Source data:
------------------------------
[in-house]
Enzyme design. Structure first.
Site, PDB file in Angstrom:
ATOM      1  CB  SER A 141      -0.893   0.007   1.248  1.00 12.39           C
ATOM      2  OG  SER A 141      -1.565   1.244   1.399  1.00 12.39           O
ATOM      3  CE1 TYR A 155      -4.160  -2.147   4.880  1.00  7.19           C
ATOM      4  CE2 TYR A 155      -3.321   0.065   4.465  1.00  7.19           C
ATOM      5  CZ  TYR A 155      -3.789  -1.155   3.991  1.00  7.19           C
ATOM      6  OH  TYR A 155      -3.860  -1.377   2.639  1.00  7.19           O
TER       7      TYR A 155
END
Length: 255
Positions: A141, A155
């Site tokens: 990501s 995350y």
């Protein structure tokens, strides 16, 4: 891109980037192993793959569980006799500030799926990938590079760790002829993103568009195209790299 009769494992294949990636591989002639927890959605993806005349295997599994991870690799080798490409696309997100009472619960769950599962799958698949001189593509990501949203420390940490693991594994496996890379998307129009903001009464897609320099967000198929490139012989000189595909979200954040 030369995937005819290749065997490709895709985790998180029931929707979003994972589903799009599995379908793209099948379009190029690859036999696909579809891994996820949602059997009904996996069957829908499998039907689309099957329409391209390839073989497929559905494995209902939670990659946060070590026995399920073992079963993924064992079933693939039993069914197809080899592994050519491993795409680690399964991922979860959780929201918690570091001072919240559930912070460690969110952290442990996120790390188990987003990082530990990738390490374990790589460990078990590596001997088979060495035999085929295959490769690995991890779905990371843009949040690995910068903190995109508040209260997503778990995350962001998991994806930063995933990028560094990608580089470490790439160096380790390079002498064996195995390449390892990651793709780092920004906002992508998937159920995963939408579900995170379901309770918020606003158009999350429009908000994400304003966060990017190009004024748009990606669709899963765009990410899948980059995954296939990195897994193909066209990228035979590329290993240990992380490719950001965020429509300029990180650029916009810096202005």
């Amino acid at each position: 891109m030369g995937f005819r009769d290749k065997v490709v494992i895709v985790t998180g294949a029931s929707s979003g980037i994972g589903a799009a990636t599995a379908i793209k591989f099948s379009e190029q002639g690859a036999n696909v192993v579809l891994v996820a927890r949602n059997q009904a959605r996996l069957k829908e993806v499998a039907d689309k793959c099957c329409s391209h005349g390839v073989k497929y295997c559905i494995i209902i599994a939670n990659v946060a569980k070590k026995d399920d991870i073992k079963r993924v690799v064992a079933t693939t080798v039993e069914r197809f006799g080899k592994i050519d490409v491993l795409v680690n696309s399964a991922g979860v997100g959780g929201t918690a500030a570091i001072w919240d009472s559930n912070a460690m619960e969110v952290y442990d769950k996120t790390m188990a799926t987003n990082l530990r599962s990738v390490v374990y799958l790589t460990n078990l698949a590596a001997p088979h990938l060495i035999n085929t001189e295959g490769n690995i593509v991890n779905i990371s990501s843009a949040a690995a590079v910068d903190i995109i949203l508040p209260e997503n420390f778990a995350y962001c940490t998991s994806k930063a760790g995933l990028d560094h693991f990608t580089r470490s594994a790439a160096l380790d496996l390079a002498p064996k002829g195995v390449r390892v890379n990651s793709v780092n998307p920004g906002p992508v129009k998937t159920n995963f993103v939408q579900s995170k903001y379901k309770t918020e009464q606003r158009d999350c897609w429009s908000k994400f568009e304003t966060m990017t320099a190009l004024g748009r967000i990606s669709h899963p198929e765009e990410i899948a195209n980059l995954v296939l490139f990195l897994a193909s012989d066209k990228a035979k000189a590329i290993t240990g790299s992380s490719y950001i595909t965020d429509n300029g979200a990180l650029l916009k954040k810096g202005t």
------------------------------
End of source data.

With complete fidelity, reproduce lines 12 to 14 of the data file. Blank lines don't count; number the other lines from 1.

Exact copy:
Length: 255
Positions: A141, A155
């Site tokens: 990501s 995350y």